Reuter proposed four pillars of regime stability: economic performance, intrinsic popularity, repression, and elite unity. Reuter described the fourth of these as, "the least sexy but perhaps the most important...a coalition of powerful elites who had proven successful at mobilizing the people." A slow decline in economic approval and the loss of some middle class support certainly contributed to United Russia's decreasing popularity, but it seems that the tactics used to combat this trend backfired. Surveys conducted by Reuter and his colleagues at the Higher School of Economics in Moscow reveal that 15% of the Russian electorate believed that their jobs were likely to be effected by their vote. Outrage over this type of voter intimidation, as well as ballot box stuffing, were the proximate catalysts for the protests.
Despite the best efforts of the Russian protestors, Putin secured a relatively easy victory in the presidential elections, to the surprise of no one. Reuter maintains, however, that the future of United Russia may be less certain. "Repression is costly in an environment where information is cheap," he explains, citing the widespread use of social media and the Internet as mechanisms of public mobilization in Russia. Simply put, authoritarian regimes cannot continue to flourish in the Internet age.
This event was sponsored by the Russian, East European, and Eurasian program as part of its Brown Bag Friday lecture series.
Japanese Lecturer Accepts Job at University of Iowa
Dr. Yumiko Nishi, Lecturer in Japanese Language and Linguistics at Emory since 2008, has accepted an exciting new job at the University of Iowa as the Assistant Professor of Japanese Linguistics. There she will have the opportunity to teach courses in Japanese linguistics, second language acquisition, and language pedagogy, and to further her own research in those areas. She will additionally serve as the coordinator of the Japanese language program, overseeing curriculum development and outcomes assessment. The move from Atlanta to the rural community of Iowa City is something she takes in stride. "I am looking forward to doing research with undergraduate and graduate students, exploring the local farmers markets, and expanding my repertoire of corn dishes," she laughs. She adds, however, that she will very much miss her beautiful office, the talented people in our Language Center, and her many students and colleagues. The feeling is, of course, mutual. Yumiko will be missed for her unwavering dedication to her students and for her commitment to excellence within the Japanese language program at Emory. Most of all, however, she will be missed for her generosity, endless good humor, and infections smile! Our loss is definitely Iowa's gain. We wish her the best of luck in her new home and much success in her career! Congratulations, Yumi!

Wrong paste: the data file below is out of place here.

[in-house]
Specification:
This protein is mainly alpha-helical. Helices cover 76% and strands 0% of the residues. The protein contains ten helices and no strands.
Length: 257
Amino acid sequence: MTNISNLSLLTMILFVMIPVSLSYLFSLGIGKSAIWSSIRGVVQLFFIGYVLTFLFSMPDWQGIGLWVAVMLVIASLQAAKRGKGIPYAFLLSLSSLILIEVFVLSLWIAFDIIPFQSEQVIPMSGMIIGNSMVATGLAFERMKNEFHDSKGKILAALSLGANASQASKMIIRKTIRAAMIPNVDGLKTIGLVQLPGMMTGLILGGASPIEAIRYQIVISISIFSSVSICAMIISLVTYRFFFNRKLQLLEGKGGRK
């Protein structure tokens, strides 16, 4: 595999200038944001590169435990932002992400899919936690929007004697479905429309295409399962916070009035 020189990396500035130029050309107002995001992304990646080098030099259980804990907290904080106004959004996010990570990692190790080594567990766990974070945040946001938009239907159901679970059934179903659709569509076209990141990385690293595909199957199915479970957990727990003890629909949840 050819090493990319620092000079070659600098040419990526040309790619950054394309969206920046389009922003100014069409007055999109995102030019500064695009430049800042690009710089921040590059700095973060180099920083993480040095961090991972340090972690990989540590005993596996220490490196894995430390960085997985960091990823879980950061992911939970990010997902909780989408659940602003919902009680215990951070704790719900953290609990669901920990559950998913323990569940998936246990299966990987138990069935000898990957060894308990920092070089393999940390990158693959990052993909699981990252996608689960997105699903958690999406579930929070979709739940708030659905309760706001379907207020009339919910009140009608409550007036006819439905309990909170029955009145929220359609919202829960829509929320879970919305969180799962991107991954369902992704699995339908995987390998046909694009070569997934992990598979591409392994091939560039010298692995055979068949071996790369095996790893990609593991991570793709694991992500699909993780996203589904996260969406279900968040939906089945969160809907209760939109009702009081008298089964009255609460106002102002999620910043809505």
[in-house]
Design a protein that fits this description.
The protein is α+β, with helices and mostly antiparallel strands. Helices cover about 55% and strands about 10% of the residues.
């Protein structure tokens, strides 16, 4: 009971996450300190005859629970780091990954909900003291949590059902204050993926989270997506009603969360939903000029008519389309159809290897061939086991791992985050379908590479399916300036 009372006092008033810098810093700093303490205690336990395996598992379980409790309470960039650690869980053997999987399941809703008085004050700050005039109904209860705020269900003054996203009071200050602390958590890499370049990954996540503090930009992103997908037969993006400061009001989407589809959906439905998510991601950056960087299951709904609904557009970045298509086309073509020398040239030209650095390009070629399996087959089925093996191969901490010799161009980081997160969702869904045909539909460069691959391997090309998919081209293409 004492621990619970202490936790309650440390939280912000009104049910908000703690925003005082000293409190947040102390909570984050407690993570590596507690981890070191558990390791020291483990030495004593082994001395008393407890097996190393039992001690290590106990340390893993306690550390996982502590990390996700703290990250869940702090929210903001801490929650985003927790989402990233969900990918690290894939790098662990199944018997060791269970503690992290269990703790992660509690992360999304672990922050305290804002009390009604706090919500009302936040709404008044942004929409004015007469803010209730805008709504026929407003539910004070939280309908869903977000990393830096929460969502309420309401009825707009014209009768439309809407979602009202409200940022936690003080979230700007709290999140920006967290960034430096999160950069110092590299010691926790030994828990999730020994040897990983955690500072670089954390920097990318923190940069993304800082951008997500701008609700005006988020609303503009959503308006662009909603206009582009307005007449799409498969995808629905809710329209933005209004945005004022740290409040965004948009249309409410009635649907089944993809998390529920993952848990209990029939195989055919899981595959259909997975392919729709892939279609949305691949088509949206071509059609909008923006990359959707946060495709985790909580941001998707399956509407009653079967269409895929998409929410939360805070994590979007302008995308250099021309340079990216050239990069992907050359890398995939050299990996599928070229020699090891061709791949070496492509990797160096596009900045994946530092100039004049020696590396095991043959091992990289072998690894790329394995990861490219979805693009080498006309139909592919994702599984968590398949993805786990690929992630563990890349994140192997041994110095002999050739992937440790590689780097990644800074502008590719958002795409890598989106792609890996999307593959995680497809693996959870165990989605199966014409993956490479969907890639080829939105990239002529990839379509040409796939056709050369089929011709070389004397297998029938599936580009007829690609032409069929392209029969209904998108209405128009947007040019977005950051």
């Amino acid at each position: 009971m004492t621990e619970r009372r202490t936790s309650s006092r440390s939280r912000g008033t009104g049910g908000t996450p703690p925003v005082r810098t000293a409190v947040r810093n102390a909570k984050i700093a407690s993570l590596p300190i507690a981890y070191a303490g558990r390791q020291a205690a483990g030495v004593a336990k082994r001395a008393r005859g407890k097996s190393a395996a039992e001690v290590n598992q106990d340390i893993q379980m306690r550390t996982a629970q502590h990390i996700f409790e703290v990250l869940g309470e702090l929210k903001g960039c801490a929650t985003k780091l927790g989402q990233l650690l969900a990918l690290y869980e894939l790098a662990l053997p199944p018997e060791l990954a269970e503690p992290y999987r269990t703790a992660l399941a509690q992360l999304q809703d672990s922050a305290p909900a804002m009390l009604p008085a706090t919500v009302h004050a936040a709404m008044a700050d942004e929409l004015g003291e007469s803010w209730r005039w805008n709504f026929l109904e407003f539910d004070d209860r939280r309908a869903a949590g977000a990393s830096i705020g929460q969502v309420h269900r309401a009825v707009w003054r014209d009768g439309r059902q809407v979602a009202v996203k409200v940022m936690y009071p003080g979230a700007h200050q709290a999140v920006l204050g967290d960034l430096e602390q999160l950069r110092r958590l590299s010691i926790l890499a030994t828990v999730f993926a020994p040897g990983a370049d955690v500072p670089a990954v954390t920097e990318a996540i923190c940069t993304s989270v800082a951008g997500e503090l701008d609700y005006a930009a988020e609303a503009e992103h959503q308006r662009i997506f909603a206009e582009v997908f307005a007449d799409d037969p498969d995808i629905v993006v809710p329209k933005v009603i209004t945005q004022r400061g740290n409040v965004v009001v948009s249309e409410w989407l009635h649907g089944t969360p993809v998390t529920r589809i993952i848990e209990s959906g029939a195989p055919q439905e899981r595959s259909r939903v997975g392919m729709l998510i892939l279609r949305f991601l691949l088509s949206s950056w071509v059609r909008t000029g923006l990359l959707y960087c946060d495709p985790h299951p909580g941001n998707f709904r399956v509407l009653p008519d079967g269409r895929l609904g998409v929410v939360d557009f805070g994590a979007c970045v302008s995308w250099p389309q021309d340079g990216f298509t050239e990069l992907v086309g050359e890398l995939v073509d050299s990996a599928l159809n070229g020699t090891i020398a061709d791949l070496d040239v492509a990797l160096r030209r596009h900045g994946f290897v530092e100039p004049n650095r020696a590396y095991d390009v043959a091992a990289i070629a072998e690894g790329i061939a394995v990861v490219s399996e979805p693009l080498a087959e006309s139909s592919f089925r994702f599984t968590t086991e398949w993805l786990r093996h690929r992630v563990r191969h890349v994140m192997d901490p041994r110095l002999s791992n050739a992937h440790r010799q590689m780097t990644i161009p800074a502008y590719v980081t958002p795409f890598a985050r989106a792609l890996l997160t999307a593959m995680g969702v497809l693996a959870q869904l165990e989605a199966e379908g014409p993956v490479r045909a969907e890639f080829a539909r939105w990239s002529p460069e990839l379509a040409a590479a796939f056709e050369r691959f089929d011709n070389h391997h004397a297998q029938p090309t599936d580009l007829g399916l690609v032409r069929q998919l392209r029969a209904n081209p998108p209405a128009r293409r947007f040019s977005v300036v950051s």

Samuel Candler Dobbs Professor of Cultural Theory and Russian Literature, Dr. Mikhail Epstein, has accepted an appointment to direct the newly formed Center for Humanities Innovation at Durham University in the U.K. The goal of the center is to develop highly creative new branches of the humanities that are capable of engaging with the rapidly changing intellectual climate of the twenty-first century. The Center will focus in particular on the transformative potential of the humanities and their capacity to change the objects of their study. The Center is intended to act as a point of mediation between existing disciplines, seeking to initiate interactions between traditional scholarship and humanistic technologies in ways that will enhance intellectual creativity and foster academic cross-fertilisation. In addition to his work with The Center, Dr. Epstein will hold a chair in Russian and cultural theory at the university. The appointment will begin in October of 2012, and while he will be dearly missed by his students and colleagues, he is confident that his work with the Center will ultimately benefit Emory. He explains, "I believe that my Durham appointment may enrich my research and teaching in ways that will be useful to my department." The Department of REALC wishes him much success in this exciting and challenging endeavor.
New Korean Faculty Position Filled!
Thanks to a special grant from Korea Foundation to establish a professorship in Modern Korean Society we will be welcoming Dr. Sun-Chul Kim to Emory as an Assistant Professor. Sun-chul is a graduate of Columbia University, where he completed his PhD in 2008 under the tutelage of the late Charles Tilly. He taught in the East Asian Studies program at Barnard College, and joined Emory in Fall of 2011 as our Korea Foundation Visiting Assistant Professor. A scholar who works at the interface between the humanities and social sciences, he teaches coursework in the areas of Korean politics, history, and sociology. Sun-Chul has consistently displayed an unwavering dedication to his students and to the development and promotion of Korean studies at Emory. His highly interdisciplinary work will be invaluable to programming in REALC and East Asian Studies. His tenure-stream appointment will formally begin Fall 2012.